Ocoee: A river runs through it

Ocoee: A river runs through it

August 28th, 2016 by Compiled by David Cobb in Glimpse 2016

Rafters negotiates rapids near the Ocoee Whitewater Center.

Photo by Angela Lewis Foster /Times Free Press.

A banner hangs near the Ocoee Whitewater Center.

A banner hangs near the Ocoee Whitewater Center.

Photo by Angela Lewis Foster /Times Free Press.

The Ocoee area of Polk County thrives off its namesake river lying just to the east in the Cherokee National Forest. Renowned as a premier whitewater destination, the Ocoee River celebrated 20 years this summer since it hosted the kayak and canoe slalom events of the 1996 Atlanta Summer Olympics.

Ocoee the town is an unincorporated community that is home to several rafting businesses located just off U.S. Highway 64. It is near the Cherokee National Forest, which draws hikers, mountain bikers and campers from around the Southeast, supporting an economy that was once based on the copper mining industry.

The history, natural beauty and recreation opportunities of the Ocoee area make it an ideal weekend getaway destination for those in the Tennessee-North Carolina-Georgia region, including those in the Atlanta area, which is just more than two hours away.

Sitting on the Tennessee-Georgia border, the town of Copperhill has capitalized on the area's outdoor offerings with a revitalized downtown area featuring hip restaurants, outdoor-centric retailers and views of the Ocoee/Toccoa River.

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GET IN THE FLOW OF THINGS

The Ocoee Whitewater Center, a 7,600-square-foot building, greets travelers passing through the heart of Polk County with Olympic heritage and the opportunity to traverse the same course that Olympians competed on in 1996. Open to kayakers on Saturdays and Sundays from late spring to early fall, the Whitewater Center is also a hub for hiking and swimming, even when the water is not flowing for kayakers.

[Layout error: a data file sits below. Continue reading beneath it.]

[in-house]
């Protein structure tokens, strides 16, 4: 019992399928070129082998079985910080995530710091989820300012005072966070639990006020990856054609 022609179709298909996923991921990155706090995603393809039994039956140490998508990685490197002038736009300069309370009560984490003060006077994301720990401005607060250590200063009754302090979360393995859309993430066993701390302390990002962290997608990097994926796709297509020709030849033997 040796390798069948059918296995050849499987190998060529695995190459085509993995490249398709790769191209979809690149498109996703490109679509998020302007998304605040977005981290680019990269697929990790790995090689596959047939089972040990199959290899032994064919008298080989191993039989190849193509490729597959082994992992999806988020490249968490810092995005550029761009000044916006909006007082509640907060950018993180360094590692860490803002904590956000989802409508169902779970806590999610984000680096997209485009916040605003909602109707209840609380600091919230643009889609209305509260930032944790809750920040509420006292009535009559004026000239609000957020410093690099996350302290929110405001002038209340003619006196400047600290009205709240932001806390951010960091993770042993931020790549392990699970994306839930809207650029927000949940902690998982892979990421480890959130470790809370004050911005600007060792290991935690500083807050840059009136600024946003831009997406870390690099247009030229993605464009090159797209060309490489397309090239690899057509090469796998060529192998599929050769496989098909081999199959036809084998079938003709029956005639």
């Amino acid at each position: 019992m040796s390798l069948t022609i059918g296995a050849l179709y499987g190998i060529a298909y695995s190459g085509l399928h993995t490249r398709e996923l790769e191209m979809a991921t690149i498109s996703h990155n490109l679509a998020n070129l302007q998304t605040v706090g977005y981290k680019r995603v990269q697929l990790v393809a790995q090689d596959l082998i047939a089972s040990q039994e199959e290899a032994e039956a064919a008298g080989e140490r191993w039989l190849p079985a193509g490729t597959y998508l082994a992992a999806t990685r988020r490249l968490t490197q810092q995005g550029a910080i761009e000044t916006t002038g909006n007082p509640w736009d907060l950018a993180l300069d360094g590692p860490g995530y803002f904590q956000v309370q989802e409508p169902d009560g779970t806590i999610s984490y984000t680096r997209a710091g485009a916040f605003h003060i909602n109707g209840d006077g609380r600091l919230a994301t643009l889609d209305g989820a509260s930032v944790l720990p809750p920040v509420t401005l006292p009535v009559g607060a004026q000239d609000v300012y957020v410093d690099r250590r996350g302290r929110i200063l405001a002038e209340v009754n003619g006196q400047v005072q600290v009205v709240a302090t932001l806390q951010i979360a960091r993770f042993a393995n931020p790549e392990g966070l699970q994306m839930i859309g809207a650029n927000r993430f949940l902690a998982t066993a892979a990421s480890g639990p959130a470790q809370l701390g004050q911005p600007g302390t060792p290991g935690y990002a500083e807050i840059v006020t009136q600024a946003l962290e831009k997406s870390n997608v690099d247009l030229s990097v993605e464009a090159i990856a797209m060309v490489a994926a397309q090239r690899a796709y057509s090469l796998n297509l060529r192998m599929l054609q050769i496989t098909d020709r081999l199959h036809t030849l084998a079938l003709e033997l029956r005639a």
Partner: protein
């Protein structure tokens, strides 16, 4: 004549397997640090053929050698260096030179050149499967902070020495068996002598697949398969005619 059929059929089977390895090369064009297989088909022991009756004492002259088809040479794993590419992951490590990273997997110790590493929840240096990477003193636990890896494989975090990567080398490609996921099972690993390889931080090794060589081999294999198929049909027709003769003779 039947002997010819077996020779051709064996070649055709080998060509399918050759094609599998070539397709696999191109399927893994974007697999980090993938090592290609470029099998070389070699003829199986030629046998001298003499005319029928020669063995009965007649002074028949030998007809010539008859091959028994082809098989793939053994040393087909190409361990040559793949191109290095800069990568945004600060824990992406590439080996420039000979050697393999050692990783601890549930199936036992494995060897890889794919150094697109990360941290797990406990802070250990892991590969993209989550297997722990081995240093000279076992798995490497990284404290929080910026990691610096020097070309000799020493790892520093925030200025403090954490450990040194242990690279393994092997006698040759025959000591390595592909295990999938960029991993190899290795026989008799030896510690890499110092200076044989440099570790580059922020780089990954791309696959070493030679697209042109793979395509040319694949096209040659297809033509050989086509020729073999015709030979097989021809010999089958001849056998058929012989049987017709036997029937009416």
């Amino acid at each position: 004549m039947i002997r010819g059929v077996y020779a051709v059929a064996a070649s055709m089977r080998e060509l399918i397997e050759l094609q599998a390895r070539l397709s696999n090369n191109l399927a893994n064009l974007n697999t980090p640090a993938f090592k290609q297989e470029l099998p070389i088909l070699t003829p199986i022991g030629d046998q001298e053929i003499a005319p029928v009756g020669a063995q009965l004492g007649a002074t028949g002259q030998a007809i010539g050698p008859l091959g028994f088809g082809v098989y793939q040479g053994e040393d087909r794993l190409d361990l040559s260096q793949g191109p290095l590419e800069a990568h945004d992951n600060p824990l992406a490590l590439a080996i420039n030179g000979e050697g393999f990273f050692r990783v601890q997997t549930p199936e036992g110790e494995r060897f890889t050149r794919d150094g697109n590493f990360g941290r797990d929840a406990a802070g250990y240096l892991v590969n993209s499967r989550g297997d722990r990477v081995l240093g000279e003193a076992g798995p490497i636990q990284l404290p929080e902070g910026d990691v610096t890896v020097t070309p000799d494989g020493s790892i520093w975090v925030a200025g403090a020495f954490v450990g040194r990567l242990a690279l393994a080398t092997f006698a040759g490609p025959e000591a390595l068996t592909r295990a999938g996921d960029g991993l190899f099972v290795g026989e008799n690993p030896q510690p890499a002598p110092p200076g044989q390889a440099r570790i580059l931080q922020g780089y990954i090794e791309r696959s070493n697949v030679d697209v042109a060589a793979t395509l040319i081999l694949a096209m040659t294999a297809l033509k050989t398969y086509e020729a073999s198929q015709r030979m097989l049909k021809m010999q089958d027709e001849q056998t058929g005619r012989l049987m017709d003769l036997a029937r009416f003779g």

>Just a few miles downstream, the Middle Ocoee has a longer canoeing and kayaking season and is a popular destination for rafting groups from around the area.

Learn more about all the options at ocoeeadventurecenter.com.

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SPEAKING OF RIVERS

While the Ocoee River receives attention for its status as a whitewater paddling destination, the Hiwassee River also runs through Polk County and is renowned for its fly-fishing opportunities. Trout can be caught on the Hiwassee River year-round.

>It’s a calmer river than the Ocoee and ideal for tubing.

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HISTORY

The Ducktown Basin Museum located in Ducktown provides visitors with a glimpse back in time. Miners began extracting copper from the area known as the Copper Basin in the 19th century, using primitive smelting techniques that left the surrounding landscape void of vegetation. Mining did not cease until the late 1980s.

>Environmental restoration efforts have brought green plants and trees back to an area that astronauts could once identify from space for its orange, desert-like appearance.

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CELEBRATE

Ocoee River Jam, started in 2013, is an annual three-day summer music festival that highlights local musicians, Ocoee culture and raises money for local nonprofits. The event benefits The Boys and Girls Clubs in Polk and Bradley counties, the Polk County chapter of American Red Cross youth initiative, and Stanley Steamers youth kayaking program by Ace Kayaks. Visit ocoeeriverjam.com to learn more.